Ossoff: “Young people in Georgia have the power to make history.”
Atlanta, Ga. — This morning, investigative journalist and Georgia Democratic U.S. Senate nominee Jon Ossoff was joined by a crowd of young Black leaders, many of whom are part of the Millennial Civil Rights Project, before voting early in-person at the Metropolitan Library in Atlanta. Ossoff spoke about how critical it is that every eligible voter, especially young voters, gets out to vote in the January 5 runoff election.
Ossoff was introduced by Taos Wynn, President of the Millennial Civil Rights Project, and Julius Thomas, a member of Atlanta civil rights group the People’s Uprising. Wynn emphasized the “urgency of this hour” and of electing “candidates who are speaking to the issues that matter to young people the most in the state of Georgia.”
Thomas spoke to the importance of electing leaders like Ossoff, saying young Georgians will come out in waves to elect “a Senator who thinks about Black lives when making legislation.”
Before voting, Ossoff highlighted the power of young people voting, saying “Young people in Georgia have the power to make history.” Ossoff discussed the critical legislation at stake in the election and the powerful role young people will play in delivering a new Civil Rights Act and a new Voting Rights Act, relieving the burden of student debt, raising the minimum wage, and more.
Ossoff closed his remarks by urging young voters to get everyone they know “out to the polls for health and jobs and justice for the people, for all the people.”
Watch footage of Ossoff’s remarks and him voting here:
Key highlights of the remarks can be found below:
[Wynn]: “We’re here today because of the urgency of this hour today.
“Because we recognize how important it is in this moment for us to have our voices heard, for us to encourage others to have their voices heard as well.
“And how important it is to have candidates like Jon Ossoff in office:
“Candidates who care about our best interest.
“Candidates who are speaking to the issues that matter to young people the most in the state of Georgia.
“And so we’re here to show that the South still has something to say. And we’re gonna keep this blue tide rolling.
“So today, we’re here because student debt is on the line.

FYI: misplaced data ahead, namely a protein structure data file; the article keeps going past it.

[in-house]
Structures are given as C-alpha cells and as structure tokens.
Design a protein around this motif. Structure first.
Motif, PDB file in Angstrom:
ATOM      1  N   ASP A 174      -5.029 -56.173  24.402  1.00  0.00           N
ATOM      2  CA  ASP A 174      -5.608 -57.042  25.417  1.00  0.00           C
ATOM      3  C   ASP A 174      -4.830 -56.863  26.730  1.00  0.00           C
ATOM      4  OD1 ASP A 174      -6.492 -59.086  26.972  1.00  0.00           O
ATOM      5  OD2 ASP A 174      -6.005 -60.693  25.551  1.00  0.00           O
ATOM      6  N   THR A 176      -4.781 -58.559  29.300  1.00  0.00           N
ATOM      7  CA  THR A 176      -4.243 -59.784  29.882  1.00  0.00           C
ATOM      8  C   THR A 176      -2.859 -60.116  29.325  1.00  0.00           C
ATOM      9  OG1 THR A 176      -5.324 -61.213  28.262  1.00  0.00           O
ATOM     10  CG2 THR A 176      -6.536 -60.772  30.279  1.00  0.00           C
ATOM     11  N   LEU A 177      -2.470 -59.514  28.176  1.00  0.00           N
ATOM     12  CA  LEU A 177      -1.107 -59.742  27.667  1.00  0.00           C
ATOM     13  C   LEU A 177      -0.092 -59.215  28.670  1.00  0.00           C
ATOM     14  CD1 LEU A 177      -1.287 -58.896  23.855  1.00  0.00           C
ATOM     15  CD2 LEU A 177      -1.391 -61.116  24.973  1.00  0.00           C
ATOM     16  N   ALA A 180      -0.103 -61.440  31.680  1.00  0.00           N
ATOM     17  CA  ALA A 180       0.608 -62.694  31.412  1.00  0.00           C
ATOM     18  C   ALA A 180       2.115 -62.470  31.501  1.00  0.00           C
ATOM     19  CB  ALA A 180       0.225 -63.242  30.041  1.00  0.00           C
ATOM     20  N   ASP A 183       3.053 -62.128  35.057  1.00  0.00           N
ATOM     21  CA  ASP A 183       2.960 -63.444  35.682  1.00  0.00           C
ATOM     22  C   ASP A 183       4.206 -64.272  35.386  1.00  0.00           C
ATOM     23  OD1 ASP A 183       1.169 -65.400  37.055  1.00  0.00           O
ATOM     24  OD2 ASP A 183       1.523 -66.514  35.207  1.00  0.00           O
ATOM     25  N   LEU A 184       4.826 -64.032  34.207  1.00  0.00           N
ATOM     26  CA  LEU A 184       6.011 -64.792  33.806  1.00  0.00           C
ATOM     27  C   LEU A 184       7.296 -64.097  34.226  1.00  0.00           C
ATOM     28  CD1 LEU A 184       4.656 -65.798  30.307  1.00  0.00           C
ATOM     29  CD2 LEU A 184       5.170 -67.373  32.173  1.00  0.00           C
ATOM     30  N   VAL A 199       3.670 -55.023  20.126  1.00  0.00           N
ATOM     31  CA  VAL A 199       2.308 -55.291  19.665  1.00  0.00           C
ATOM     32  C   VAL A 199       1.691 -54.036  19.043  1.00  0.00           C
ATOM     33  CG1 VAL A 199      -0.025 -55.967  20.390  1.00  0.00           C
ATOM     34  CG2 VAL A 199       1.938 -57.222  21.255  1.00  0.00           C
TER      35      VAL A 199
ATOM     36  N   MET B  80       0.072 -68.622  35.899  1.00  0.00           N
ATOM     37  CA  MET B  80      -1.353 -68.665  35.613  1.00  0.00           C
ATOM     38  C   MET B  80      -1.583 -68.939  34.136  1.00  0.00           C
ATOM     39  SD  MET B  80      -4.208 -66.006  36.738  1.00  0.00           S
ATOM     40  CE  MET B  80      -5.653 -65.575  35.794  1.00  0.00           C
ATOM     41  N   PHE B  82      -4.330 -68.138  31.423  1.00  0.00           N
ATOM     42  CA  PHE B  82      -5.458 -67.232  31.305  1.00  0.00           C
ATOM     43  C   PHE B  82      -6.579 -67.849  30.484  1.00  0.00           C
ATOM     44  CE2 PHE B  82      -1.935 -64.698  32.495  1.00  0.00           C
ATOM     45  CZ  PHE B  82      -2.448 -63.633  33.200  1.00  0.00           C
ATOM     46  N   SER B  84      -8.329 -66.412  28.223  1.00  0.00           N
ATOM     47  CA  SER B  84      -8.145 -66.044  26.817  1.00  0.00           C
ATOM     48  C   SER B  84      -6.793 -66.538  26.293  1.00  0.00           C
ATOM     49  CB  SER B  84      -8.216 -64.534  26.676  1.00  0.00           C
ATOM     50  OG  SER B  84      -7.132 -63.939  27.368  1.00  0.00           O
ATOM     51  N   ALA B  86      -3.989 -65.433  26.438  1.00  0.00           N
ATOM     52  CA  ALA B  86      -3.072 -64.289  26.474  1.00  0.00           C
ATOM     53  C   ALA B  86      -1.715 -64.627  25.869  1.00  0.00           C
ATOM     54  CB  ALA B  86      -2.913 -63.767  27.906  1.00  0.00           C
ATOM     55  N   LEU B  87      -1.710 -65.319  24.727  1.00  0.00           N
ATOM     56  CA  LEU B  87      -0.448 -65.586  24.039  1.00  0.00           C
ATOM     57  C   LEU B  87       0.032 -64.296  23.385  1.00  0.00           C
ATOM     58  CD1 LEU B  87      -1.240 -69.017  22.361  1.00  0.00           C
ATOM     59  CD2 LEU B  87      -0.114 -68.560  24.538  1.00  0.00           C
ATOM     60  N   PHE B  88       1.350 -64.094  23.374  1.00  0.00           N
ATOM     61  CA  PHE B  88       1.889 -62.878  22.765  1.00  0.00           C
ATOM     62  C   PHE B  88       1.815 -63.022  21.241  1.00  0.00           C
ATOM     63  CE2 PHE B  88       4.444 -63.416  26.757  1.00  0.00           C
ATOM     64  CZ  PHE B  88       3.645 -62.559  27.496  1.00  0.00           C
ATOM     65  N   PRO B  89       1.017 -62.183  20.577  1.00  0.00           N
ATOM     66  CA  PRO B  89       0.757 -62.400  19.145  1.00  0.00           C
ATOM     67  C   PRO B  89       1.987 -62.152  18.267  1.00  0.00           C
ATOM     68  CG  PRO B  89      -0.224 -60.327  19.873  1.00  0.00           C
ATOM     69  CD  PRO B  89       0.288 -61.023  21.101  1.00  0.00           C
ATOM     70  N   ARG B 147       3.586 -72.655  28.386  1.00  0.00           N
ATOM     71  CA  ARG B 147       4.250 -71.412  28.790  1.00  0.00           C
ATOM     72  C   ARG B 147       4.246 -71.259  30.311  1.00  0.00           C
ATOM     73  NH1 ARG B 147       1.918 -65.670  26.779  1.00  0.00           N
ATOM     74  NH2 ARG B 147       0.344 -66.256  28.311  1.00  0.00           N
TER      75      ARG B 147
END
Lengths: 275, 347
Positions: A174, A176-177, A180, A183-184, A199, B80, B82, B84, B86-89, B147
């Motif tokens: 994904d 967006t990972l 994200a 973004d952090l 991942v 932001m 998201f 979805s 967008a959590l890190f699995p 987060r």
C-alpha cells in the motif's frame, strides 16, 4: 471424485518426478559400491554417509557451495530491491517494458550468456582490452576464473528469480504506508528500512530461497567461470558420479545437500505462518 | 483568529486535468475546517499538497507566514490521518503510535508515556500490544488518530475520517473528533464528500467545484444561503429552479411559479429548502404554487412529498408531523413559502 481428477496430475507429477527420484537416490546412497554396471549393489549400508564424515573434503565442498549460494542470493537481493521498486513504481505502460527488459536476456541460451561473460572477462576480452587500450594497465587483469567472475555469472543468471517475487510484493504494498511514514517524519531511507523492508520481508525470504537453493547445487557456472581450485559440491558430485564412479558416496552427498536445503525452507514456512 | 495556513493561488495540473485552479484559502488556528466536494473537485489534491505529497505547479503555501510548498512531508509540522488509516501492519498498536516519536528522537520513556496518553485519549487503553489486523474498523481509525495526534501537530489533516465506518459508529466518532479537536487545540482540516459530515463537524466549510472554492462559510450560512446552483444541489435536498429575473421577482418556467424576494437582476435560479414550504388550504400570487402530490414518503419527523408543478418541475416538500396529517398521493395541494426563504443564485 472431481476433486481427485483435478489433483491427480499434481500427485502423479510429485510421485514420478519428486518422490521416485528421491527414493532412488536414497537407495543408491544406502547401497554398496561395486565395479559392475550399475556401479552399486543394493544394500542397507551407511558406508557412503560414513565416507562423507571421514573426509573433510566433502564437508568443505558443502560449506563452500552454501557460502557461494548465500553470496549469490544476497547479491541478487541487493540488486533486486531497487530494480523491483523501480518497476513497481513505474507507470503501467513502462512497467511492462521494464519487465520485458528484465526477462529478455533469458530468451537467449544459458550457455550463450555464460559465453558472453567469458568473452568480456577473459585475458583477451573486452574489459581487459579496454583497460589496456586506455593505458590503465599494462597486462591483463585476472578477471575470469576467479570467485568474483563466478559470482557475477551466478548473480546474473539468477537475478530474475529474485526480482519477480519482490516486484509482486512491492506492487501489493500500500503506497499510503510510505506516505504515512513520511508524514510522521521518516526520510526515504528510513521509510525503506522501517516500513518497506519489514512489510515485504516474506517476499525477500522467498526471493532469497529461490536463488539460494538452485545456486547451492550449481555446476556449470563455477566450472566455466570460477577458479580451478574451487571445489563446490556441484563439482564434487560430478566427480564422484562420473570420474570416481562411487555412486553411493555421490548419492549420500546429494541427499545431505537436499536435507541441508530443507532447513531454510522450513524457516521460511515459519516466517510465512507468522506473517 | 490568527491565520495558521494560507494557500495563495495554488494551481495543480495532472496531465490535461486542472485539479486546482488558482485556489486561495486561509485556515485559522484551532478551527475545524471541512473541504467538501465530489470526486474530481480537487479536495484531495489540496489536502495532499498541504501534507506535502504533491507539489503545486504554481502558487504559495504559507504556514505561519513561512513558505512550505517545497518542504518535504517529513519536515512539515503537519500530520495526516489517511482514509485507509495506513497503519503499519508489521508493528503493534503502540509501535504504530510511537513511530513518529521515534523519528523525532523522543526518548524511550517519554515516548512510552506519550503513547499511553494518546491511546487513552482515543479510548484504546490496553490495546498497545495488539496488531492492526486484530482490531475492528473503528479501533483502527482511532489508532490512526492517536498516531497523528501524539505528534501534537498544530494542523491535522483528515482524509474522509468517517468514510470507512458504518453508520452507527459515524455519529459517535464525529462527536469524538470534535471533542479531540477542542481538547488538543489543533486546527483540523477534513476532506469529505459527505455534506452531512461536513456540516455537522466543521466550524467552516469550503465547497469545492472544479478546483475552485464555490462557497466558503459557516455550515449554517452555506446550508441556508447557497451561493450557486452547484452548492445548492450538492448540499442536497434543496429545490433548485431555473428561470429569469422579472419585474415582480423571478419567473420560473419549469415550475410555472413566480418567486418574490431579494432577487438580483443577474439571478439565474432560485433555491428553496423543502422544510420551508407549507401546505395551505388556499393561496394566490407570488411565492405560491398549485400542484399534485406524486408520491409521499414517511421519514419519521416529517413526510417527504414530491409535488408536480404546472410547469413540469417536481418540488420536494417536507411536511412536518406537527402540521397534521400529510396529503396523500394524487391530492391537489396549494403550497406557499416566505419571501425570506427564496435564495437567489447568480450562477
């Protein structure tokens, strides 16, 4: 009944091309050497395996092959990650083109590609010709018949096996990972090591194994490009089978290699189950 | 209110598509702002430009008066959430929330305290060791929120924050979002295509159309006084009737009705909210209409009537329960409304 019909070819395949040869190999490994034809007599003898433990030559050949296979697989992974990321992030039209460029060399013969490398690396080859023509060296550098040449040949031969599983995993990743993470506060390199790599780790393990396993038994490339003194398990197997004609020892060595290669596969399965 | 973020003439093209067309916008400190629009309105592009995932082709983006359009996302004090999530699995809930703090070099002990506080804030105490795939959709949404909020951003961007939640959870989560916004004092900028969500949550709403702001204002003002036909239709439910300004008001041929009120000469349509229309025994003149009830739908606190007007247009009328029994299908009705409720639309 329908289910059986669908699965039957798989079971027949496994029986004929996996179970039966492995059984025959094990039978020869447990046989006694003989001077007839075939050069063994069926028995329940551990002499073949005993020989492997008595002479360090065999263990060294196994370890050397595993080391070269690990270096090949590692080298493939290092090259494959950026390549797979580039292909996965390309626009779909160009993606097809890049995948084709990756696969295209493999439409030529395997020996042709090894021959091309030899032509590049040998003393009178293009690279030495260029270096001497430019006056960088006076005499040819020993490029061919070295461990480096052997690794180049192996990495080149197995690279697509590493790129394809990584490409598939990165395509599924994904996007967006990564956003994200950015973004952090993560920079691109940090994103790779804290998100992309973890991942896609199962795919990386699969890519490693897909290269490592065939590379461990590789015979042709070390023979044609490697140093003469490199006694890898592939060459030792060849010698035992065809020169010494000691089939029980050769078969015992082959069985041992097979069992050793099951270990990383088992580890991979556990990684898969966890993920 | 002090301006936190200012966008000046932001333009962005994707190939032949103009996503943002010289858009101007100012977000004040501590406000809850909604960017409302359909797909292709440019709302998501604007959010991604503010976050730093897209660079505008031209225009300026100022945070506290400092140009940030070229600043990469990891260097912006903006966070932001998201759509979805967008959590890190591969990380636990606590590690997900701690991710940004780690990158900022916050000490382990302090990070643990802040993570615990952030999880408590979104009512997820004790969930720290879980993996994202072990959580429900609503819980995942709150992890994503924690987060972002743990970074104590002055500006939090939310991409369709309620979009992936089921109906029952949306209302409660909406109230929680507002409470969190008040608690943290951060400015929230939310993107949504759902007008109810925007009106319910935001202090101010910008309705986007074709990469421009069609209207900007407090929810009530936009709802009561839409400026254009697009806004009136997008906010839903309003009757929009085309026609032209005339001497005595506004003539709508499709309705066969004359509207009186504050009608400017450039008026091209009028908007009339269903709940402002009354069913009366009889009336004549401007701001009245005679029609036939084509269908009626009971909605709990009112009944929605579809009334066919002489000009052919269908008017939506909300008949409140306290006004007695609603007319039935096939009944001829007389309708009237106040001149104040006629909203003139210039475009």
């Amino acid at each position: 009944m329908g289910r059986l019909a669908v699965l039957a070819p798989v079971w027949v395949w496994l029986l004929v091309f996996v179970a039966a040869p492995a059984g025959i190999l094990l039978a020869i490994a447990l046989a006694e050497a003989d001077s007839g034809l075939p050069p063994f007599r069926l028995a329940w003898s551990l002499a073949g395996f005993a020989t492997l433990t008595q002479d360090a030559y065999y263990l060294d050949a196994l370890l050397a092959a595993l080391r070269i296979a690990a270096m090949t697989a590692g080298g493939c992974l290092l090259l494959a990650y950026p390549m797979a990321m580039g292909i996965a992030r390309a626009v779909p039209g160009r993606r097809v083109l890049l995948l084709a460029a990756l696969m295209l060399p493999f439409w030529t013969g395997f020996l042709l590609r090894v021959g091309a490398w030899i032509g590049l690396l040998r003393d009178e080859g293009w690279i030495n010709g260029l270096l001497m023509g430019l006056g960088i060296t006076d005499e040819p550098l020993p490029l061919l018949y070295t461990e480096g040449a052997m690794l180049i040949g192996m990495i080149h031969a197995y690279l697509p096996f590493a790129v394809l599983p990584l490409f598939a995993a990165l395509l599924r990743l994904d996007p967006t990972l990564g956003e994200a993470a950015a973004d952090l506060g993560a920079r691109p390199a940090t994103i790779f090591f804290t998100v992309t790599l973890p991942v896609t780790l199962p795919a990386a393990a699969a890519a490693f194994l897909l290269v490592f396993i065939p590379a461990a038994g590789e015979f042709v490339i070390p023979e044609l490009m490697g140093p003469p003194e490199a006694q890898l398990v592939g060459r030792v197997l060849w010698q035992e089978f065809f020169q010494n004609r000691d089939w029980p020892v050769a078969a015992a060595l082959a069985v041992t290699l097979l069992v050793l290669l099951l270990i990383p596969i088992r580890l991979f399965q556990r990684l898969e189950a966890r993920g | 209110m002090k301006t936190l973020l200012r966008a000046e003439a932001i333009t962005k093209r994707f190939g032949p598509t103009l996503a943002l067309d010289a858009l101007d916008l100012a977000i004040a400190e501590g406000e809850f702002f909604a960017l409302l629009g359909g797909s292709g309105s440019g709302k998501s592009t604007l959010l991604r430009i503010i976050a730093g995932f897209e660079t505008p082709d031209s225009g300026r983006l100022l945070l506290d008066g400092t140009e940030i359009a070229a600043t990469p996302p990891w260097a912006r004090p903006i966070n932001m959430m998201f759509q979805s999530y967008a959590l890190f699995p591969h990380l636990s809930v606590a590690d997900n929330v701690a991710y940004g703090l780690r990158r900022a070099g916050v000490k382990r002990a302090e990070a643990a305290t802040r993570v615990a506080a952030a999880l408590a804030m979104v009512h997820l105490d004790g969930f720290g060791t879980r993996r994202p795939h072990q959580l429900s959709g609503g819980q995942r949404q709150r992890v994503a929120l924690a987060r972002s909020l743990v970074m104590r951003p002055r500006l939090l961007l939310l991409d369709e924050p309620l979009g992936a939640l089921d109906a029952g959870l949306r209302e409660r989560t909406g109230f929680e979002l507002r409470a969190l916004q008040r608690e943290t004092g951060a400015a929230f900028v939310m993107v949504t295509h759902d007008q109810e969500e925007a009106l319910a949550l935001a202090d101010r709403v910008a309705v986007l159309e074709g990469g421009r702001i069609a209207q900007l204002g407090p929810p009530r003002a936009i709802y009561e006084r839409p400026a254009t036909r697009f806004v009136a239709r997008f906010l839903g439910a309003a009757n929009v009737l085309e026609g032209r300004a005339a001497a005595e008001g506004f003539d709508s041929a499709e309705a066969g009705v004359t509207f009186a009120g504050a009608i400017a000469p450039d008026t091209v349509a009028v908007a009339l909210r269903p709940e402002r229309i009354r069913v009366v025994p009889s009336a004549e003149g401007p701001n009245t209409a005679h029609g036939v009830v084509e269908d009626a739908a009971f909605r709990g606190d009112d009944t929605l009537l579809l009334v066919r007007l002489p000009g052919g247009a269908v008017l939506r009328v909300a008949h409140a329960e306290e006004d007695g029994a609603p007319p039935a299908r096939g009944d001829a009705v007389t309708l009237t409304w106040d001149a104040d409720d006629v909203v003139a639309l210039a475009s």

“We’re here because criminal justice and social unrest that we saw over the summer is on the line.
“We’re here because our families that are seeking relief, our loved ones in a time of pandemic and COVID-19, we’re here for them.
“We’re here because we’re not waiting for anybody else. We’re here to show up in large numbers to get youth, millennials, and everyone engaged in this hour.”
[Thomas]: “I stand here with all my fellow young people for Black lives in Atlanta because we can’t afford a complacent Congress anymore.
“We cannot afford to have another sloppy stimulus passed by.
“Eight months for $600? We need a Congress and Senators who are really thinking about the lives and the actual reality of the lives that have to go through this pandemic.
“We have to have a Senator that thinks about Black lives when making legislation.
“No longer can we wait for a Senator only to think about the privileged and the wealthy.
“We need a Senator that thinks and considers everyone at heart.
“And lastly, students can’t be forgotten anymore. There should be no reason we should be graduating with a mortgage before we even get a house.
“It’s very important that young people all across the state of Georgia, that people in general, get their minds right and vote for Reverend Raphael Warnock and the future Senator Jon Ossoff.
“I’m proud to know there’s a man running for office who has me in mind, who knows that I’m not going to be another statistic. That I’m a life and I matter.
“That I’m gonna have real reform in the criminal justice system, when something happens.
“So I’m very grateful to be here today. I’m even more grateful to introduce the next Senator of the state of Georgia, Jon Ossoff.
[Ossoff]: “We’re here to urge everybody to get out to the polls and vote, and especially to urge young people to get out the polls and vote. To urge young people out.
“Young people in Georgia have the power to make history.
“There is so much good work that we can do on behalf of the people.”
“We can pass a new Civil Rights Act and a new Voting Rights Act and secure equal justice for all, regardless of race and regardless of class.
“We can end voter suppression and protect the sacred franchise for which so many bled and died.
“We can relieve the burden of student debt. We can ensure that no young person in this state has to take on a penny of debt to get a degree from an HBCU or from a public college.
“We can raise the minimum wage. We can expand job training opportunities so folks who are making $9 or $12 an hour today can get professional qualifications and make $30 or $40 an hour tomorrow.
“There is so much good work that we can do, but young people will make the difference.
“As you all know, these elections will determine control of the U.S. Senate.
“So the George Floyd Justice in Policing Act, the new Civil Rights Act that we need, the new Voting Rights Act that we need, young people in Georgia, y’all, will determine whether this legislation can pass.
“Young people in Georgia have the power to make that kind of difference. This is a rare moment in our history, y’all, for young people to have that kind of power.
“So we are here, all of us are here, to urge people out to the polls, to urge you to get everybody you know out to the polls for health and jobs and justice for the people, for all the people.
“So, again the polls are open. Say it with me one more time, say vote!”
[Ossoff]: “Say vote!”
# # #